Environment

Kentucky’s House of Representatives has approved a bill that would allow state regulators to set rates for the solar power that customers feed back into the electricity grid.

The bill passed the House on Wednesday evening 49-45.

Supporters of the measure say the bill protects low-income families who can’t afford to pay more for their utility bills. Opponents say the bill is a giveaway to big utilities.

The bill’s sponsor, Republican Rep. Jim Gooch said the latest version of the bill offers a fair compromise between the competing interests of utilities and customers with solar panels on their homes.

“We’ve done everything we could to try to satisfy,” Gooch said. “We don’t think this bill will put solar operators out of business. As a matter of fact, the utilities still have to buy back your excess power.”

About 1,000 households in Kentucky with rooftop solar panels put extra energy back onto the power grid through Kentucky’s net metering program. State law requires power companies to compensate those households with credit toward future bills, and right now, they’re required to pay the retail price of power.

The latest version of the bill would allow Kentucky’s Public Service Commission to set rates for the solar power that customers feed back into the electricity grid.

Tom FitzGerald, an environmental attorney and the director of the Kentucky Resources Council, said the measure also changes the current net metering model so that the Public Service Commission can set the rate for all the electricity fed into the grid during the day, rather than the excess generated over the course of a month.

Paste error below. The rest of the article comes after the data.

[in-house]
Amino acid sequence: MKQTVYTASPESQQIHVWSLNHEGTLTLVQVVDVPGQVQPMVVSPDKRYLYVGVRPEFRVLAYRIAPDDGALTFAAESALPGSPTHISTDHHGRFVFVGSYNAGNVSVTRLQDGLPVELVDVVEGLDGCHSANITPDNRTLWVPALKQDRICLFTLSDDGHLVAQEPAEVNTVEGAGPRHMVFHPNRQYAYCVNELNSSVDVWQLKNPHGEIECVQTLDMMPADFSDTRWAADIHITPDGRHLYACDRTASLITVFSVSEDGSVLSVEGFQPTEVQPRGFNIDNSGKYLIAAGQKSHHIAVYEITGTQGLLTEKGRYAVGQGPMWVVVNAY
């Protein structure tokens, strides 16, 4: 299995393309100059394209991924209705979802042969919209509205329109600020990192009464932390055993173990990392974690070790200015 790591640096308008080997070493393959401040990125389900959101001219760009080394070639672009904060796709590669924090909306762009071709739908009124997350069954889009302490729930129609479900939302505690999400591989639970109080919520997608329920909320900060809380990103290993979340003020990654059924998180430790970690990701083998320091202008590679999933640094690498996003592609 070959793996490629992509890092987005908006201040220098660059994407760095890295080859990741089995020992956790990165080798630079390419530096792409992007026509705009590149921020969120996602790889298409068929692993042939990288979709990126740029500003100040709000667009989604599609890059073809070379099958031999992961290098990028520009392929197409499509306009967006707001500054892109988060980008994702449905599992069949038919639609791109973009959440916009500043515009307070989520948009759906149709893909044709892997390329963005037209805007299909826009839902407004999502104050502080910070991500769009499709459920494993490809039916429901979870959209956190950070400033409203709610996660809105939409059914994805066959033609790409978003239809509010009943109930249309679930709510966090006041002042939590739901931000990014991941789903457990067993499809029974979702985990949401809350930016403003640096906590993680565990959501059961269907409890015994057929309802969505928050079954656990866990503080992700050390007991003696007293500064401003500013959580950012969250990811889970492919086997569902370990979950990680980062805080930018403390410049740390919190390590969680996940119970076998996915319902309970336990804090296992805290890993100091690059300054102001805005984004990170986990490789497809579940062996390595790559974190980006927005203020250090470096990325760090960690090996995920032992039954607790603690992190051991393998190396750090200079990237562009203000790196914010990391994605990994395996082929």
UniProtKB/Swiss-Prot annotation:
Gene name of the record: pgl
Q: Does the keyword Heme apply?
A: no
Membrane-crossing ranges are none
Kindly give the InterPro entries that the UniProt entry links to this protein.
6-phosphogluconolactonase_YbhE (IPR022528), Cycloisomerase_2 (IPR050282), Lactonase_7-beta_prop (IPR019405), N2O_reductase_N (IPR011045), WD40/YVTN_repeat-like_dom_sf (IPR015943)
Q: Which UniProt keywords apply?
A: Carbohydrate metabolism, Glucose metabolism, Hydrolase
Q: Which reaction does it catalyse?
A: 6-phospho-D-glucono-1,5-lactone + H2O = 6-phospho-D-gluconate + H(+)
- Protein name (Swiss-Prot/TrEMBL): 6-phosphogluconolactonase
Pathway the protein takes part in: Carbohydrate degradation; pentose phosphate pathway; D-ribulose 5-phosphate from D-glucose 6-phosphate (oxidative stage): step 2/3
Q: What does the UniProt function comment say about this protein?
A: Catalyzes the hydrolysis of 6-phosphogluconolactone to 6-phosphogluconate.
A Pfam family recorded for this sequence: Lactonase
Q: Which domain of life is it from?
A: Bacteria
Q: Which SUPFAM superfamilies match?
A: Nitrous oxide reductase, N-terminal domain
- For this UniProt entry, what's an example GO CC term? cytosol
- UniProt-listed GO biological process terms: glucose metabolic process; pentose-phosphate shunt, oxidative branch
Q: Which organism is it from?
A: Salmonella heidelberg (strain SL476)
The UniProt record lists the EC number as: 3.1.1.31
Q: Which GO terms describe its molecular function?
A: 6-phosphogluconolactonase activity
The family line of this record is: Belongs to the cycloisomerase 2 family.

Republican Representative Chris Fugate said he voted for the bill to protect low-income families who can’t afford to pay any more on their utility bills.

“And I don’t care if it’s two cents or $100,” Fugate said. “I don’t want my people… or anyone else that represents Southeast Kentucky to, I don’t want them to have to pay one red cent more than they are paying.”

But Democratic Representative Chris Harris says the bill’s many incarnations show the influence Kentucky’s utility companies have at the Legislature.

“In the end, for me, this is a simple vote. The bill takes money away from the citizens of Kentucky and gives it to big utilities,” Harris said.

The bill now heads to the Senate.

Ryan Van Velzer is WFPL's Energy and Environment Reporter.